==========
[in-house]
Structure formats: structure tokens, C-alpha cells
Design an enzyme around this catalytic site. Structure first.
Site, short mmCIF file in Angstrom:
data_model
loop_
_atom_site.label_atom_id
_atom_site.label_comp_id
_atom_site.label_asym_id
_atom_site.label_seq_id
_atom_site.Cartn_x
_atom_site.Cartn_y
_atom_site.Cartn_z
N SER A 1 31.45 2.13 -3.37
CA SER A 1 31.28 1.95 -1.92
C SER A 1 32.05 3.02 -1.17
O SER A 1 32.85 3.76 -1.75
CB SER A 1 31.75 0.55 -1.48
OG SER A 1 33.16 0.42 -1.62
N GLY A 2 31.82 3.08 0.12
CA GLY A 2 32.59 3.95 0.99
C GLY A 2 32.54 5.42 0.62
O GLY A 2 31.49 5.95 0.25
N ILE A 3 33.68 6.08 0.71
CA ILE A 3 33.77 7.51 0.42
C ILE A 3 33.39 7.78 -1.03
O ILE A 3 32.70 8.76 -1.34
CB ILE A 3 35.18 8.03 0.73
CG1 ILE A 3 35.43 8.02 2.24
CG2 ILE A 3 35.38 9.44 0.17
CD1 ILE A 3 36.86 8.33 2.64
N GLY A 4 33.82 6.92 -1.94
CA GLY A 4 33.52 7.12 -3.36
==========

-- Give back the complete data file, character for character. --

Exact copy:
[in-house]
Structure formats: structure tokens, C-alpha cells
Design an enzyme around this catalytic site. Structure first.
Site, short mmCIF file in Angstrom:
data_model
loop_
_atom_site.label_atom_id
_atom_site.label_comp_id
_atom_site.label_asym_id
_atom_site.label_seq_id
_atom_site.Cartn_x
_atom_site.Cartn_y
_atom_site.Cartn_z
N SER A 1 31.45 2.13 -3.37
CA SER A 1 31.28 1.95 -1.92
C SER A 1 32.05 3.02 -1.17
O SER A 1 32.85 3.76 -1.75
CB SER A 1 31.75 0.55 -1.48
OG SER A 1 33.16 0.42 -1.62
N GLY A 2 31.82 3.08 0.12
CA GLY A 2 32.59 3.95 0.99
C GLY A 2 32.54 5.42 0.62
O GLY A 2 31.49 5.95 0.25
N ILE A 3 33.68 6.08 0.71
CA ILE A 3 33.77 7.51 0.42
C ILE A 3 33.39 7.78 -1.03
O ILE A 3 32.70 8.76 -1.34
CB ILE A 3 35.18 8.03 0.73
CG1 ILE A 3 35.43 8.02 2.24
CG2 ILE A 3 35.38 9.44 0.17
CD1 ILE A 3 36.86 8.33 2.64
N GLY A 4 33.82 6.92 -1.94
CA GLY A 4 33.52 7.12 -3.36